Zephyr Cove resident publishes new travelogue
Ryan Summerlin May 23, 2013
Zephyr Cove resident Ryan Elson delivers “Don’t Step On The Dirt,” a travelogue that takes us through several national parks and 10 states on his way to Fishers, Ind., from the west coast of California. His destination? His sister’s wedding. It isn’t your typical travelogue though since Elson has punctuated his journey with facts, figures and details one normally wouldn’t expect to encounter. For example, did you know that when making change, if you carried out all possible 99 transactions from one cent to 99 cents and added up the change you would receive, you would end up with 200 pennies, 150 quarters, 80 dimes and 40 nickels? Who knew? I bet you weren’t aware that Aspirin originated from the willow tree or that the cost to construct a parking garage is approximately $15,000 per parking space, more than some folks, he for one, pays for an entire car, his being called Clyde. Yes, his car has a name and it smiles, too. Pearls of wisdom are shared with the reader and paired with a few commentaries and personal perspectives. If you’re looking for a story of travels or a wedding, you might get lost in the details; those of hoodoos, the formation of boulders and let’s not forget the blue moons. But if you enjoy a lot of information about just about everything, including the origin of the new Gregorian calendar, you’ve got it. Elson spikes his book with sarcastic quips that allow his wit and dry humor to sparkle.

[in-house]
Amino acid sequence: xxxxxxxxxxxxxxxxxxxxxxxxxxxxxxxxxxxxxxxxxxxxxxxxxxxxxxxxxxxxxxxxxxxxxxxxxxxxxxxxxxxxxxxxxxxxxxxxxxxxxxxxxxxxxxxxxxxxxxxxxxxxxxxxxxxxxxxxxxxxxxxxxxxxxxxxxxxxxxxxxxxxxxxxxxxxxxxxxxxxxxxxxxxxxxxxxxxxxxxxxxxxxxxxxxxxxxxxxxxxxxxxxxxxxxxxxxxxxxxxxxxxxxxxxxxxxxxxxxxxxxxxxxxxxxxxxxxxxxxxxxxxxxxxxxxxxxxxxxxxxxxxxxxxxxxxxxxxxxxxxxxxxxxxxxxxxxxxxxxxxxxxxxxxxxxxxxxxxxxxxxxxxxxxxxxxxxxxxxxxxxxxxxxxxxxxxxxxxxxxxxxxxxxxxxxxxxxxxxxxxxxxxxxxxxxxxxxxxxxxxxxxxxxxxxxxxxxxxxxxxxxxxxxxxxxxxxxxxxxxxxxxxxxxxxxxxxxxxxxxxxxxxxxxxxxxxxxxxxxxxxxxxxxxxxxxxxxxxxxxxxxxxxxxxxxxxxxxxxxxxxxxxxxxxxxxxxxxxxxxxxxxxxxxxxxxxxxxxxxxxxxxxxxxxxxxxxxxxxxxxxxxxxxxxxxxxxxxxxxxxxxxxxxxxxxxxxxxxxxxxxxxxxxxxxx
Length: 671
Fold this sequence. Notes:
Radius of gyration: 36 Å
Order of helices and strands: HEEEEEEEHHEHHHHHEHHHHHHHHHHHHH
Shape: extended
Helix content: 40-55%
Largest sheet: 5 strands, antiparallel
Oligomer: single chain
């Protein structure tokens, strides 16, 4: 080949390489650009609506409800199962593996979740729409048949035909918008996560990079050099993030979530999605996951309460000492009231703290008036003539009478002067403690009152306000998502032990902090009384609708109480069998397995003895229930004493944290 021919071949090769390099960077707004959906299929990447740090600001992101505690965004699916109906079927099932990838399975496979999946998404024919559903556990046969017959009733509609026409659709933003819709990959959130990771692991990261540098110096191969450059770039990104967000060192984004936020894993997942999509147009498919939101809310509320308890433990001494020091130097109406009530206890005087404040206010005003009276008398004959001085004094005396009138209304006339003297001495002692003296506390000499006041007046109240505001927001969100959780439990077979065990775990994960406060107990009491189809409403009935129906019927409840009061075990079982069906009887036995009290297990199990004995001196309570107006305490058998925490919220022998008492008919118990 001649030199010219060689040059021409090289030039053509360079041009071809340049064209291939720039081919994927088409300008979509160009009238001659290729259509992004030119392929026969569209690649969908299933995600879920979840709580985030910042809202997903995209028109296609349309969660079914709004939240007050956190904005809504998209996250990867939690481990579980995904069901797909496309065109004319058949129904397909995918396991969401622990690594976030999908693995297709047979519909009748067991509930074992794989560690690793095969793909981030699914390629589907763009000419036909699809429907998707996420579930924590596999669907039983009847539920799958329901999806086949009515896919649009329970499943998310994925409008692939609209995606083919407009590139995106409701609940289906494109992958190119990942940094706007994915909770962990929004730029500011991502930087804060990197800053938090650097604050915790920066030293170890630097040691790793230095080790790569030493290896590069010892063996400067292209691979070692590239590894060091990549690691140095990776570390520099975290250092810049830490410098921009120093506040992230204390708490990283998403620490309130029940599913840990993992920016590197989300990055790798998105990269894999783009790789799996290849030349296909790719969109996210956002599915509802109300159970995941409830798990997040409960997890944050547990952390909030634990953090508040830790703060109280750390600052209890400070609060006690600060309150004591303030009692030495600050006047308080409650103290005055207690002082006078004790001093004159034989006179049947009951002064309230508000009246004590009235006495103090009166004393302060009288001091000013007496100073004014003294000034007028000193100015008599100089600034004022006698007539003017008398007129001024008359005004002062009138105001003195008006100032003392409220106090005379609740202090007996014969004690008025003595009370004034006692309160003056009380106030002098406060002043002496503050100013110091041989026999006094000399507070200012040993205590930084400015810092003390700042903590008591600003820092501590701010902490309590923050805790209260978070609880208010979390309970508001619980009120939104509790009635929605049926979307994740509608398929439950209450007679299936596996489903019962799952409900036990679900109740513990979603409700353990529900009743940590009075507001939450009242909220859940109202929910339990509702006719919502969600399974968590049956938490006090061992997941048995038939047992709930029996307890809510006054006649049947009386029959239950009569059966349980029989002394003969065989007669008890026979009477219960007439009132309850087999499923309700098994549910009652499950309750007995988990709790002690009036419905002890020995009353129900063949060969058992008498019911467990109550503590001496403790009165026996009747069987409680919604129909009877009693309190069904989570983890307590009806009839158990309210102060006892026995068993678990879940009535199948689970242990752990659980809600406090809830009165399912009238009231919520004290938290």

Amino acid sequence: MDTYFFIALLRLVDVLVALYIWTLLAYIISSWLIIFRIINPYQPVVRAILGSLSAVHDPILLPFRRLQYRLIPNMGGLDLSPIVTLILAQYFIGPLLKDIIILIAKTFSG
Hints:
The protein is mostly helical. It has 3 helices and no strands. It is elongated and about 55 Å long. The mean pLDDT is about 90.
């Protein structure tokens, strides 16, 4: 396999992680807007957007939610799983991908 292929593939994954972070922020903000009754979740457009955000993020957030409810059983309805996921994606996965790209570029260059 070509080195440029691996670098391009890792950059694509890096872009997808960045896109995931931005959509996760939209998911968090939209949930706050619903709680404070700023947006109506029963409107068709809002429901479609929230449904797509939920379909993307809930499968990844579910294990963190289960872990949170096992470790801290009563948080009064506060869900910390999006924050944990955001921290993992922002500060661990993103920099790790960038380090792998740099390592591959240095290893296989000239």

He’s not into suits but works out a suit deal with his parents in exchange for electrical work and off he goes. Friday the 13th is the date of the wedding; not exactly the wedding date or destination he expected, but at least it’s being held in the spring. Making sure to inform the cows where he’s going, he kicks off his National Park road trip with Clyde loaded down with tons of gear. Solo at first, he picks up girlfriend, Dondra, in Denver and they breathe in nature’s beauty; bears, caterpillars not to mention dirt that perhaps should not be stepped on due to its fragile crust. What? There’s also the unforgettable night storm in South Dakota that lights up the sky so brilliantly you could read the newspaper outside … well sort of.
Elson claims, “he doesn’t like people” and aspires to eventually become a hermit when it pays better. He meets some great folks, even though his sensitivity to having his picture taken and resistance to anyone touching his camera flairs up occasionally. Mostly he buys mugs for Dondra and revels in a trip that in the end turns out to be “one hell of a time.” If you’re an old person, beware. If Elson is coming from behind, walk faster. Just sayin’.
Elson’s book is well written and many will enjoy it, tangents and all. He does share useful information about national parks, parking situations, gas prices as well as advice on how many sandwiches to take on a hike.